Use of different carbon sources in cultivation of baker’s yeast for production of glycerol-3-phosphate dehydrogenase

Author: Edwil A. L. Gattas and Maristela F. S. Peres
Received 3 November 2012, accepted 12 January 2013.
Abstract

The physiological state of yeast cells changes during culture growth as a consequence of environmental changes (nutrient limitations, pH and metabolic products). Cultures that grow exponentially are heterogeneous cell populations made up of cells regulated by different metabolic and/or genetic control systems. The strain of baker’s yeast selected by plating commercial compressed yeast was used for the production of glycerol-3-phosphate dehydrogenase. Glycerol-3-phosphate dehydrogenase (GPD) has been widely used in the enzyme assays with diverse compounds of industrial interest, such as glycerol or glycerol phosphate, as well as a number of important bioanalytical applications. Each cell state determines the level of key enzymes (genetic control), fluxes through metabolic pathways (metabolic control), cell morphology and size. The present study was carried out to determine the effects of environmental conditions and carbon source on GPD production from baker’s yeast. Glucose, glycerol, galactose and ethanol were used as carbon sources. Glycerol and ethanol assimilations required agitation, which was dependent on the medium volume in the fermentation flask for the greatest accumulation of intracellular GPD. Enzyme synthesis was also affected by the initial pH of the medium and inoculum size. The fermentation time required for a high level of enzyme formation decreased with the inoculum size. The greatest amount of enzyme (0.45 U/ml) was obtained with an initial pH of 4.5 in the medium containing ethanol or glycerol. The final pH was maintained in YP-ethanol, but in the YP-glycerol the final pH increased to 6.9 during growth.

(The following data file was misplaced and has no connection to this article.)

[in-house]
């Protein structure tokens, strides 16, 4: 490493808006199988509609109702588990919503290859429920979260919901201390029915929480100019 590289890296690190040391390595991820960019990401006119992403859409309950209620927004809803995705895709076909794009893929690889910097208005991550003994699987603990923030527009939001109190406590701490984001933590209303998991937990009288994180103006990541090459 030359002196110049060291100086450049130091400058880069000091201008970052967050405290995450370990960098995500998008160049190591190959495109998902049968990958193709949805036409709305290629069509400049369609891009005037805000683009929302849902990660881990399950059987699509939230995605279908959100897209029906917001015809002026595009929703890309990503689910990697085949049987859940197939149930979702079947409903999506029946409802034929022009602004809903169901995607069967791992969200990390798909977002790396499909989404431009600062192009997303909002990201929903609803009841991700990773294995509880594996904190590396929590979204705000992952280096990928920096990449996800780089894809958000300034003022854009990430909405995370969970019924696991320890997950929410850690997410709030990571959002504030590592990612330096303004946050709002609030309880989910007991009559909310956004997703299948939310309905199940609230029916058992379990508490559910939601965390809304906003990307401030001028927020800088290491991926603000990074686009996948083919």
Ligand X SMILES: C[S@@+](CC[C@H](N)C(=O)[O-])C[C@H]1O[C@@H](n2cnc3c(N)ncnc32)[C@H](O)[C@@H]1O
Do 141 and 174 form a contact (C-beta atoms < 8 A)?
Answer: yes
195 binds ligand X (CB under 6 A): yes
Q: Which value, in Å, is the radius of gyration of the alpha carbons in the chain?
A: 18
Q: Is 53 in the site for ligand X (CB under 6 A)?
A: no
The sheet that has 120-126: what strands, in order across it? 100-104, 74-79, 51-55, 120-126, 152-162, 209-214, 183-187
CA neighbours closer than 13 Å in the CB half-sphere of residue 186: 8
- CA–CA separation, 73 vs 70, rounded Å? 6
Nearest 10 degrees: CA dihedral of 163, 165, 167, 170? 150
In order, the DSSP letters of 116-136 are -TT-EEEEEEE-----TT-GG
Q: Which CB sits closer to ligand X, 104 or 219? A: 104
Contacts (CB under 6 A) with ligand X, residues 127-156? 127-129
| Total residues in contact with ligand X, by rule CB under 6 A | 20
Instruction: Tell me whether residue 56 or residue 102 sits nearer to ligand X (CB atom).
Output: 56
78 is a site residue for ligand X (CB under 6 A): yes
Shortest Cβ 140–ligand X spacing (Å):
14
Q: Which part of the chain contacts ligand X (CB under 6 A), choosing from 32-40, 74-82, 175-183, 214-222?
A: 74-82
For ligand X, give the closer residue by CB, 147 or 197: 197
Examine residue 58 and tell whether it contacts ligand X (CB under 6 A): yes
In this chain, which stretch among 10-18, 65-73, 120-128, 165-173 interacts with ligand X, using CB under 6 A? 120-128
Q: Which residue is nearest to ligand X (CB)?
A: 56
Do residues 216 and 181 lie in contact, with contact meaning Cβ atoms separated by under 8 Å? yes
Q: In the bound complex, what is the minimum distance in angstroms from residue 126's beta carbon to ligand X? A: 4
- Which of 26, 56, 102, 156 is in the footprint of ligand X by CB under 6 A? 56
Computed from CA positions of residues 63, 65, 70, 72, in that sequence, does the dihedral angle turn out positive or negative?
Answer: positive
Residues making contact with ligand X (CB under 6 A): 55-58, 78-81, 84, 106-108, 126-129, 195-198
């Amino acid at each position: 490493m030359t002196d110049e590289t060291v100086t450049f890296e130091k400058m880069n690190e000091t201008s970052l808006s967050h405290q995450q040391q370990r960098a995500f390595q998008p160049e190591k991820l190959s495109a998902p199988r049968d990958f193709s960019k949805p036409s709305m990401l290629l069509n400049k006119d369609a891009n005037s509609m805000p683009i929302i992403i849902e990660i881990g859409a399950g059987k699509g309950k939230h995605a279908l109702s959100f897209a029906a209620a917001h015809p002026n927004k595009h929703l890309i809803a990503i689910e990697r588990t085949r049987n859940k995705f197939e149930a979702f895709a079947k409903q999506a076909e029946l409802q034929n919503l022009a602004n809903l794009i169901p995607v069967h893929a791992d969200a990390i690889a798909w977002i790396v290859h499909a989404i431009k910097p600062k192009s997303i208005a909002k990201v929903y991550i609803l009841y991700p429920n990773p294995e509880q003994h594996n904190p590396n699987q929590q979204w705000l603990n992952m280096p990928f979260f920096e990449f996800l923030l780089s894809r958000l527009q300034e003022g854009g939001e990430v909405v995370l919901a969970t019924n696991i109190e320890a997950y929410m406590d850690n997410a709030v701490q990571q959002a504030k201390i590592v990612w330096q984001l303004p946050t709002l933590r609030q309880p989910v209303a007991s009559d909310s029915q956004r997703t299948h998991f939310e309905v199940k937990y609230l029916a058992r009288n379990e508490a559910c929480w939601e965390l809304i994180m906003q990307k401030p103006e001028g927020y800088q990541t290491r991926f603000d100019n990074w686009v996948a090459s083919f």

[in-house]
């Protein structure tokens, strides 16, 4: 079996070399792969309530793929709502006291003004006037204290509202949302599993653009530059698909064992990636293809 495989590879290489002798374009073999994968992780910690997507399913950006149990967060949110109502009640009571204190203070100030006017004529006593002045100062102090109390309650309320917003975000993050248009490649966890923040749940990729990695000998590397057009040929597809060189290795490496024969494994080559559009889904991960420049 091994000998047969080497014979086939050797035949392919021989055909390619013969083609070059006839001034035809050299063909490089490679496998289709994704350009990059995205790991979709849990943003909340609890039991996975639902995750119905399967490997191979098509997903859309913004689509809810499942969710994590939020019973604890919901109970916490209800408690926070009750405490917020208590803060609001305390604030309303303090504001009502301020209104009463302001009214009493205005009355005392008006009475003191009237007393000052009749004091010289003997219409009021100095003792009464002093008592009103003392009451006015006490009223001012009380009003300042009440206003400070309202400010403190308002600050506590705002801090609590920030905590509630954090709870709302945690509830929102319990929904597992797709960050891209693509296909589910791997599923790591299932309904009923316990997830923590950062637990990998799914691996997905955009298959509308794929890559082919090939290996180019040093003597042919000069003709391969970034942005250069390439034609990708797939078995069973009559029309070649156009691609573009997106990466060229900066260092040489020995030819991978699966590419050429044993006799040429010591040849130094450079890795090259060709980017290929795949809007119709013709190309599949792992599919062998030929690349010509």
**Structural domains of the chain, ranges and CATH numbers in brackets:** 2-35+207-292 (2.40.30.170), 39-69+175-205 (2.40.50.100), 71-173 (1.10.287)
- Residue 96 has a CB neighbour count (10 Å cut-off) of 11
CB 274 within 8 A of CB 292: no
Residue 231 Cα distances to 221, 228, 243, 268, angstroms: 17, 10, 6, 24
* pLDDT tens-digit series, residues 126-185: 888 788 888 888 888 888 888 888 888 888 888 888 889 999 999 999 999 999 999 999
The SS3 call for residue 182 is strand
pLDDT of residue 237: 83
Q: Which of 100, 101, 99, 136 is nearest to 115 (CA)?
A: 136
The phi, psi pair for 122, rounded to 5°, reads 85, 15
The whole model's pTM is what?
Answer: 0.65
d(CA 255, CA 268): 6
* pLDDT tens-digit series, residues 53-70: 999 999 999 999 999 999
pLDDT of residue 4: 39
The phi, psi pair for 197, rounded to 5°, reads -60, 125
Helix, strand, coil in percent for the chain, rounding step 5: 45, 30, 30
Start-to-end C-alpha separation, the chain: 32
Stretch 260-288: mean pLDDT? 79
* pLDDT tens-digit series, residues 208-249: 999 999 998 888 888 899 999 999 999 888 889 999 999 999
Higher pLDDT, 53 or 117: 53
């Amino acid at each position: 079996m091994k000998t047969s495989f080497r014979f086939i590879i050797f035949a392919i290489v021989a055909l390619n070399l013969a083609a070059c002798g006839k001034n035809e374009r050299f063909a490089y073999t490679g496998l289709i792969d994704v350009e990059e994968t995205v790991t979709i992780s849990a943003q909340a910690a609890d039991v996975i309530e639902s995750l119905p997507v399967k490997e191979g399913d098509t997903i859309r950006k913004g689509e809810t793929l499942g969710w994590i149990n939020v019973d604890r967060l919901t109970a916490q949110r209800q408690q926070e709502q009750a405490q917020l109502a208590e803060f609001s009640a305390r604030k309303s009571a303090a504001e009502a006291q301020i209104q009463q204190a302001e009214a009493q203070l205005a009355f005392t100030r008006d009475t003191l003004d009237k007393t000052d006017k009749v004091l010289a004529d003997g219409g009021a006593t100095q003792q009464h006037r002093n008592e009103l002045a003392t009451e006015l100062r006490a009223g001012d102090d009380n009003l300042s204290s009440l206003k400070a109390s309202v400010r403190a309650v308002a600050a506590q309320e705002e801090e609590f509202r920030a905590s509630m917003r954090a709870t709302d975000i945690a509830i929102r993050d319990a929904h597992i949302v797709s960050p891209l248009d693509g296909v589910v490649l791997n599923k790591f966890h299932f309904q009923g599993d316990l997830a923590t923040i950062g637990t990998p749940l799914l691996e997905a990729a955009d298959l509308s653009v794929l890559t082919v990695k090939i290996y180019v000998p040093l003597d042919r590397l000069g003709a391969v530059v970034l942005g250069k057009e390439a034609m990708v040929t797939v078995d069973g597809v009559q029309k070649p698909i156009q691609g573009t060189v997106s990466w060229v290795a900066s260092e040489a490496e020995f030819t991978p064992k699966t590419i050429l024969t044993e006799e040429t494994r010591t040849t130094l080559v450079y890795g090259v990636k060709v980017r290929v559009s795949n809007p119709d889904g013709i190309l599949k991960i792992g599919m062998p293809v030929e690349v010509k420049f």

Journal: Food, Agriculture and Environment (JFAE)
Online ISSN: 1459-0263Year: 2013, Vol. 11, Issue 1, pages 246-249. Publisher: WFL.


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